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Monday, 18 February 2008
Page: 541


Mr DREYFUS (4:22 PM) —Mr Speaker, we all come to this place by varied paths. Mine was through the practise of law. I want to speak today about the electorate of Isaacs, which I am proud to represent. I want to speak about the people who have helped me get here, and who I want to thank and acknowledge, and I want to offer some reflections on the work ahead and the contributions I hope I will be able to make.

What we see and do on the way to membership of a legislature must affect how we act as legislators, what we understand to be the role of the elected representative, and what we hope to achieve in our time in parliament. More than that, our experiences on the way here must surely have some effect on what we hope to help others to achieve. Representatives achieve when those they represent thrive. But do representatives in democracies also achieve when sometimes they undertake the difficult task of persuading those they represent that the common good requires the local interest to give way to a larger interest? I think so. Representation, persuasion, unsettling compromise and comforting settlements: all these notions are very familiar to a barrister. They seem to me to be writ large in this place and its work. Today, that is how it seems. Like many in this House, I imagine I will find out soon enough.

First things first in a first speech. I stand here alone, but I got here with much help. I would not be here without the immense support of my family, my friends, and members and supporters of the Australian Labor Party, and I thank all of them. I thank my mother, Phyllis—who is here in the chamber today—and my father, George, for giving me the values that led me here. Most of all, I thank my wife and partner in life, Deborah Chemke, and my wonderful children, Joe, Tom and Laura, for their love and support. I thank all those in the Labor Party and the union movement who supported me in seeking preselection, and I thank the many hundreds of party members and supporters who worked and worked and worked on our campaign throughout the last year. I cannot name all of the many people who have helped me become a member of this House, but let me put some of their names into Hansard, by way of grateful thanks.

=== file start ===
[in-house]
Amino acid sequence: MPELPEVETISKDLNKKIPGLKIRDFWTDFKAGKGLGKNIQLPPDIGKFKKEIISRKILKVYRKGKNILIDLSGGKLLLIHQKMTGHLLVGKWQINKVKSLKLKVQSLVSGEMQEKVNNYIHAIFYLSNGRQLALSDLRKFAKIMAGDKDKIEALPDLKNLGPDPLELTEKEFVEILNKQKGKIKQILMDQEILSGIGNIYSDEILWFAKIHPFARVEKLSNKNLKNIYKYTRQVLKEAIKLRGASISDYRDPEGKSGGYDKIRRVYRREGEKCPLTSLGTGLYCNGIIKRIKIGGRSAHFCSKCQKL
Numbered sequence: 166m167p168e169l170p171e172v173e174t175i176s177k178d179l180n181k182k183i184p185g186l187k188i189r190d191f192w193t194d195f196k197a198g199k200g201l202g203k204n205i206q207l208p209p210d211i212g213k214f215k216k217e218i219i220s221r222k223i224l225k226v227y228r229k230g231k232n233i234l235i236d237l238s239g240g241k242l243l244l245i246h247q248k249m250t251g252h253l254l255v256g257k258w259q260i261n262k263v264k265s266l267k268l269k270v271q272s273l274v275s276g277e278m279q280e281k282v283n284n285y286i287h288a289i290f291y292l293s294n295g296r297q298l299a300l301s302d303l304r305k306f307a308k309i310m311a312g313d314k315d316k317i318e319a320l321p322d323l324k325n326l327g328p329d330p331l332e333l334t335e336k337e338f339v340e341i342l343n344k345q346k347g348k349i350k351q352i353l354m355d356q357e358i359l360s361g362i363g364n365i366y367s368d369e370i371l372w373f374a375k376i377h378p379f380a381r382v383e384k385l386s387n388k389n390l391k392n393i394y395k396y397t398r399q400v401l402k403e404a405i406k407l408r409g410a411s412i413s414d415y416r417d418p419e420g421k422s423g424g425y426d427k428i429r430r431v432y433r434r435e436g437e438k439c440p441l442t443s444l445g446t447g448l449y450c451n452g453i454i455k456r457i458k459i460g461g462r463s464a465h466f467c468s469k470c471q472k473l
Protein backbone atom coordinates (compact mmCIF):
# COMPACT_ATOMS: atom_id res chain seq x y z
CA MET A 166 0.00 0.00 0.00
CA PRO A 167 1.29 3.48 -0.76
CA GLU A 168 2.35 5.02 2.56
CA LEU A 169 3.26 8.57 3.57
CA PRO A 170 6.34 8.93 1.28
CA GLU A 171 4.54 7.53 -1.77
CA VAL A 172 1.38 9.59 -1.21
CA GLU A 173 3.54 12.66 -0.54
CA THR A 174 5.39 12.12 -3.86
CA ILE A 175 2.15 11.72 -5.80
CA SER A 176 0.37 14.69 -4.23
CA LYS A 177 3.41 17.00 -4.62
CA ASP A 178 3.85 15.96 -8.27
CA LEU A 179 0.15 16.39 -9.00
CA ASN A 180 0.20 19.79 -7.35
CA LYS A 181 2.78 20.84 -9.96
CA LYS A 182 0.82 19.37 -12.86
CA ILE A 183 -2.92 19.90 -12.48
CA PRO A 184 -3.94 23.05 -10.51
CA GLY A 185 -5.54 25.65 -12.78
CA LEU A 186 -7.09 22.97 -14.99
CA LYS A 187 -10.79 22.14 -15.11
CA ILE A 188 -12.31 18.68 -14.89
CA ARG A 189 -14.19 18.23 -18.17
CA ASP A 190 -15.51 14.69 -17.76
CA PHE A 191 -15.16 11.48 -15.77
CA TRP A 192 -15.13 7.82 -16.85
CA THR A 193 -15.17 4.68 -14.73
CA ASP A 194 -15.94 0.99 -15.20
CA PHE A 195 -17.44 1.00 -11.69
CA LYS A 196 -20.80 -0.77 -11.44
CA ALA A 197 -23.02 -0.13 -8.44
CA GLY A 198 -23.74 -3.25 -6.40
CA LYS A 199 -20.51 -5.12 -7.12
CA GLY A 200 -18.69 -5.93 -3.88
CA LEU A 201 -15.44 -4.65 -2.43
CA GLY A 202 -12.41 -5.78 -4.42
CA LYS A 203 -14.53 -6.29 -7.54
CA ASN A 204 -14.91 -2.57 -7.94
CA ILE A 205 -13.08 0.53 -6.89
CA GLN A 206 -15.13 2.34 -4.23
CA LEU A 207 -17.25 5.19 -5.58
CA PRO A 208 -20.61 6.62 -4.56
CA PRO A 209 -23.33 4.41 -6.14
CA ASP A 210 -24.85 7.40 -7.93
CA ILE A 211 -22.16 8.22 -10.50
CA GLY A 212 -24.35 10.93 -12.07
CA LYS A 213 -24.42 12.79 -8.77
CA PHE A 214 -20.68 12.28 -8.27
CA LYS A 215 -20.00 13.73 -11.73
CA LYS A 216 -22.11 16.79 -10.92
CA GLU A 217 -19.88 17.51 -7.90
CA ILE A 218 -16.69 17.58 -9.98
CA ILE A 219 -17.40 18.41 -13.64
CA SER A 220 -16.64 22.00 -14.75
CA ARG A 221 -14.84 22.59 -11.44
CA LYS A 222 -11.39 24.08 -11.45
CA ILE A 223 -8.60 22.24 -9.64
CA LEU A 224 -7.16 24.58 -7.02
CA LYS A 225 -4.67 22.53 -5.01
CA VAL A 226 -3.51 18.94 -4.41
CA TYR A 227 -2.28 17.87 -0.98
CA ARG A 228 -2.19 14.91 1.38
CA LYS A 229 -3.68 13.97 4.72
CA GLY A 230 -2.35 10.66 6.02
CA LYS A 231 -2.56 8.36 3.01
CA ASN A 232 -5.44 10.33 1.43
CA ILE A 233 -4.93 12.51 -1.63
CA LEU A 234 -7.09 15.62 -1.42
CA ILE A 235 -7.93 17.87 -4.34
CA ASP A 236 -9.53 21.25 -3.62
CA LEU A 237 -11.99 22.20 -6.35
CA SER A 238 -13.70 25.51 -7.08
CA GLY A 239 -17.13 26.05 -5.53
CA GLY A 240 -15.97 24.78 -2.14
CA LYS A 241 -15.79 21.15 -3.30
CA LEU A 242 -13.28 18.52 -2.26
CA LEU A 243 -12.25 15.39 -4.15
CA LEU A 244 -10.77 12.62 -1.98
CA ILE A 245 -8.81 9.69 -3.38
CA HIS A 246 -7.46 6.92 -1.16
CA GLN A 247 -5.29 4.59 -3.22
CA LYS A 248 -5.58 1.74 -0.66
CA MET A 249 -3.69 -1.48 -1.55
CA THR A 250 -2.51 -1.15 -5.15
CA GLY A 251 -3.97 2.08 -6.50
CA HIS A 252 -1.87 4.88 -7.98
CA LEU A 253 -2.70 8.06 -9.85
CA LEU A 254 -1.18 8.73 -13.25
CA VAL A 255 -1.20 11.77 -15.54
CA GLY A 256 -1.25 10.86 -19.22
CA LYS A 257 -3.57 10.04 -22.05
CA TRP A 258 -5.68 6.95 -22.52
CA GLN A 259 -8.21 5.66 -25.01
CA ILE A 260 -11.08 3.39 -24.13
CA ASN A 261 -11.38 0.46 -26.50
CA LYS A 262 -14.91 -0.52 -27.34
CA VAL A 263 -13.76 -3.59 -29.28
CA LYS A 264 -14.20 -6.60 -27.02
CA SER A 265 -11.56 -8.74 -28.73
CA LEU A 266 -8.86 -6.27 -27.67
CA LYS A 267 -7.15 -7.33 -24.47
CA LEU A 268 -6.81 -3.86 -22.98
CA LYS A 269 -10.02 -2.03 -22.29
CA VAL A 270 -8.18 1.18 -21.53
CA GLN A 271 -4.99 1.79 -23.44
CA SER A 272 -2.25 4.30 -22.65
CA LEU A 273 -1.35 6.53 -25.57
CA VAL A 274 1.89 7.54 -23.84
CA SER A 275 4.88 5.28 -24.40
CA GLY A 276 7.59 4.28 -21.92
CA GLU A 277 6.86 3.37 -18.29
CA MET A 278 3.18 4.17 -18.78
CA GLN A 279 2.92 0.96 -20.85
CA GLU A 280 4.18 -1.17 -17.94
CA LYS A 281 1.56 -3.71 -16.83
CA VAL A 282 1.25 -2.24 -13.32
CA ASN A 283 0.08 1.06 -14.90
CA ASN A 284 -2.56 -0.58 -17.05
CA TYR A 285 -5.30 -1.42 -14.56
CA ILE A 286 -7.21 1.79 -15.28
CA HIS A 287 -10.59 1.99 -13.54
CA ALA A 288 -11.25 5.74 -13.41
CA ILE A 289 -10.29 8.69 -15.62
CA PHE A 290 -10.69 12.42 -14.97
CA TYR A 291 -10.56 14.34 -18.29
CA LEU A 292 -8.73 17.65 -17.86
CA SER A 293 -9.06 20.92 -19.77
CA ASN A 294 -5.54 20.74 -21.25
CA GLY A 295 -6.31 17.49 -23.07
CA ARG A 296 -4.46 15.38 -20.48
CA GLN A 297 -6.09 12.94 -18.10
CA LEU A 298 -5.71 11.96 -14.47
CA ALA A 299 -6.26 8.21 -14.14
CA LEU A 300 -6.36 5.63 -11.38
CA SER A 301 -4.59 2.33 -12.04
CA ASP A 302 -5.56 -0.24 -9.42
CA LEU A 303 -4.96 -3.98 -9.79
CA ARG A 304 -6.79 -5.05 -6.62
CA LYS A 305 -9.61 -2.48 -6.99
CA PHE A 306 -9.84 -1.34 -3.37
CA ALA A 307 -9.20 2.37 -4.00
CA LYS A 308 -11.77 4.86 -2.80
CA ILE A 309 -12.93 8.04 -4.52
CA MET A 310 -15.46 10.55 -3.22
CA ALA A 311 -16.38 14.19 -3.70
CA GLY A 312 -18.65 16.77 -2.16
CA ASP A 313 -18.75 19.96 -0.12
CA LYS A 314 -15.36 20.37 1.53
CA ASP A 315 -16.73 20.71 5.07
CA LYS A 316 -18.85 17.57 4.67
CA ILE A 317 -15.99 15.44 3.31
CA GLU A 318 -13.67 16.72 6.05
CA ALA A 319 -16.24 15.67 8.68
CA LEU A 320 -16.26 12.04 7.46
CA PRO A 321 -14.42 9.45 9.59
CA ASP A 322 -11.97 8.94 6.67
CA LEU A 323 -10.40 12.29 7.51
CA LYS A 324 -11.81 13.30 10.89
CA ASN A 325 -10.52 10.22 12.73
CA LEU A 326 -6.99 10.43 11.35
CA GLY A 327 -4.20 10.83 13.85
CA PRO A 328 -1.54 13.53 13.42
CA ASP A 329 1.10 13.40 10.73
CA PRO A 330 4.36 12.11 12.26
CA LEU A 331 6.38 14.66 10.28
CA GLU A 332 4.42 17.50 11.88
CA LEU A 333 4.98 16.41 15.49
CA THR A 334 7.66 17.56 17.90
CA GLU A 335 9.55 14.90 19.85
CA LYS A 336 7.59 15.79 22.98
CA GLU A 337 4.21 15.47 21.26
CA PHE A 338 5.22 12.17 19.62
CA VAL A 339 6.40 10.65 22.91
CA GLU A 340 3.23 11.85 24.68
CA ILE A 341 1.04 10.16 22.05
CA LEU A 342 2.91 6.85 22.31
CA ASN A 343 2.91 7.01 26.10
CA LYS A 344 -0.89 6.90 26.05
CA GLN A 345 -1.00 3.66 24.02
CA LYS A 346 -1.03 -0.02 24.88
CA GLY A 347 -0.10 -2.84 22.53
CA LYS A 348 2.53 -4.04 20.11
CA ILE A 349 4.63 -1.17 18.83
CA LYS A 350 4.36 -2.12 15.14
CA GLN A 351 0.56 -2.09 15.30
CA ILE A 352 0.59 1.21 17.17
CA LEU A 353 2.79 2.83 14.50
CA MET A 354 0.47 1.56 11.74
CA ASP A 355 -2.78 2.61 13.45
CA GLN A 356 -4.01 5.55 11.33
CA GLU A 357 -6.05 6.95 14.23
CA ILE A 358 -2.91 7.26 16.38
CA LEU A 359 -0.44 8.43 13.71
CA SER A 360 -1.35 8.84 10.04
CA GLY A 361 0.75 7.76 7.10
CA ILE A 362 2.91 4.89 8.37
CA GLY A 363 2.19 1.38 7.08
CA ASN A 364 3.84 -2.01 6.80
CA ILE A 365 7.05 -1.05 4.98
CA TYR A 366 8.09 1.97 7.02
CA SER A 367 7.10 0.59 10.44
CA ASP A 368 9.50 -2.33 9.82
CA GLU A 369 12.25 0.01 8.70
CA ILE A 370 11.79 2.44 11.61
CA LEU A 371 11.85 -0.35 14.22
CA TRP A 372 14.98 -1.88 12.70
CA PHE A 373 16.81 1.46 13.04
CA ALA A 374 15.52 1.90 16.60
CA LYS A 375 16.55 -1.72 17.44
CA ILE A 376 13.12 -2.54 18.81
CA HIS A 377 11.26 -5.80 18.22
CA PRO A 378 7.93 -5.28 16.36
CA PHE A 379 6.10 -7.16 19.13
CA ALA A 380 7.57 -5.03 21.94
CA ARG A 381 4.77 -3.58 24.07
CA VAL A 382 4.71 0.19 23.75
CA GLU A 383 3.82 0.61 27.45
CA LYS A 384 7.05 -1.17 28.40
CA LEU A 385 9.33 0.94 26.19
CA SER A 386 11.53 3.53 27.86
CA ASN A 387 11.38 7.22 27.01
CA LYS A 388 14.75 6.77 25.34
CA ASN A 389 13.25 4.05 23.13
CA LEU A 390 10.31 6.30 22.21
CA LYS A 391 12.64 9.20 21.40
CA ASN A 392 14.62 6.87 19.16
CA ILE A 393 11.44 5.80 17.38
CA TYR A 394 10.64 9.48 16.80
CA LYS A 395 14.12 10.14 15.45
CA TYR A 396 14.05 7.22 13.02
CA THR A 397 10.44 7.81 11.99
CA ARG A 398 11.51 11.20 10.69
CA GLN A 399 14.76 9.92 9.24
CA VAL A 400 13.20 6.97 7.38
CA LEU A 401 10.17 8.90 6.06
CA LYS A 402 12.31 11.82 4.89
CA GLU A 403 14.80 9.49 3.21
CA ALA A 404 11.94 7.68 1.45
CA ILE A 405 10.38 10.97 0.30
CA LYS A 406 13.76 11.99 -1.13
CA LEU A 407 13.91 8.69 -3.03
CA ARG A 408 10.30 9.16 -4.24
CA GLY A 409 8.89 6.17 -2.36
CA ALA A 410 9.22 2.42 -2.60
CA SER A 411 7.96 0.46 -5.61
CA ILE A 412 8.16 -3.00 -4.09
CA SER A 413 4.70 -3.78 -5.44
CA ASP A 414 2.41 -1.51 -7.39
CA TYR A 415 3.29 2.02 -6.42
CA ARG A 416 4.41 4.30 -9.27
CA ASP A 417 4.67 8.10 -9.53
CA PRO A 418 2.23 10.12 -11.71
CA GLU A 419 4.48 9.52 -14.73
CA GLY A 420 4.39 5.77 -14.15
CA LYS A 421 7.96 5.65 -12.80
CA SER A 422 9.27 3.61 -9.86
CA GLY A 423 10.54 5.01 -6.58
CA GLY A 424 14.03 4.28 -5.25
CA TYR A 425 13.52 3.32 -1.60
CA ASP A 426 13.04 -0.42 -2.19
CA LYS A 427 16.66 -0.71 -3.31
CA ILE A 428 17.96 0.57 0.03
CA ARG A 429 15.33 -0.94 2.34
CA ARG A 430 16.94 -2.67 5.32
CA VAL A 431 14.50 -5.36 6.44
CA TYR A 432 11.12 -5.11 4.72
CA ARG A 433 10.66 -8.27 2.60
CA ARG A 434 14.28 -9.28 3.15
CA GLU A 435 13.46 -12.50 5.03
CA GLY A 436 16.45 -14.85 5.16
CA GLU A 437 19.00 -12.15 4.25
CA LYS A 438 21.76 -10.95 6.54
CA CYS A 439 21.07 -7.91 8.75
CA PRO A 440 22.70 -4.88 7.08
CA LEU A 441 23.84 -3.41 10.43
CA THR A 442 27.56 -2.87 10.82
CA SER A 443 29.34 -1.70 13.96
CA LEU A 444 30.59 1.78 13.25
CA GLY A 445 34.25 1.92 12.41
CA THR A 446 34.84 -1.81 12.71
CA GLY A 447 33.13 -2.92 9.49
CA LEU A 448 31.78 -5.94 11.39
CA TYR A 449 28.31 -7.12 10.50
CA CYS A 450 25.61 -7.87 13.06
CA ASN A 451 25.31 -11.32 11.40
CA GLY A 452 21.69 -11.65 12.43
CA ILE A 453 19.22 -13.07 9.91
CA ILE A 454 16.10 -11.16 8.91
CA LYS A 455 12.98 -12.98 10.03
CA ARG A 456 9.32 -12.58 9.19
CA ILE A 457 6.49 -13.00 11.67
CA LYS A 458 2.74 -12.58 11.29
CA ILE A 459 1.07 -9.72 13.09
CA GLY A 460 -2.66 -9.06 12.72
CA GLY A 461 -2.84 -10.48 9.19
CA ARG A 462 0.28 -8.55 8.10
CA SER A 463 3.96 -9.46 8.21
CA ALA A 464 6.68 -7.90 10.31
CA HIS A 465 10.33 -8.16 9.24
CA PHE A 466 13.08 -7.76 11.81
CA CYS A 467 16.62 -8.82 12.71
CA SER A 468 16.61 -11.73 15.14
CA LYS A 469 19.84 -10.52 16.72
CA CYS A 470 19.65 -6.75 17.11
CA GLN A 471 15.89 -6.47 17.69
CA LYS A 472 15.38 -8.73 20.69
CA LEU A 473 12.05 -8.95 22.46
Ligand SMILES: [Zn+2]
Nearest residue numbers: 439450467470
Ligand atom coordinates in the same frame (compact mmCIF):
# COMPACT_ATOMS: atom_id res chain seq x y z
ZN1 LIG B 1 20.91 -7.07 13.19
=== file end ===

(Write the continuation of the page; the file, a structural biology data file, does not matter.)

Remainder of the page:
I would like to thank Robert Ray, Bob Hawke, Rob Hulls, Michael Danby, Greg Combet, Koula Alexiadis, Roland Lindell, Fiona Richardson and Paul Haseloff for their guidance and support. I thank Roger Connell, Gladys Timson, Melanie Blewett, Russell Cole, Tony Falkingham, Steve Perryman, Graeme Malcolm, Loi Truong, Steve Michelson, Nick Gregory, Kathy Borgas, Tim Lisle-Williams and Youhorn Chea for their hard work and commitment. I thank my campaign manager, Alexandria Hicks, and the members of the Victorian parliament who hold seats overlapping Isaacs: Tim Holding, Jude Perera, Adem Somyurek, Evan Thornley, and particularly Jenny Lindell and Janice Munt.

I have the honour to represent the people of Isaacs—all of the 142,000 people who live in our electorate. Isaacs is in south-east Melbourne, taking in the beachside suburbs along Port Phillip Bay from Mentone and Cheltenham in the north to Carrum in the south. The electorate runs east to Noble Park and Dandenong South, and south to Carrum Downs. These are residential suburbs, but Isaacs also includes two of Australia’s most important centres of manufacturing industry, in Braeside and Dandenong South. These are centres of advanced industry with thousands of manufacturing enterprises making use of world-class technology and the skills of thousands of employees.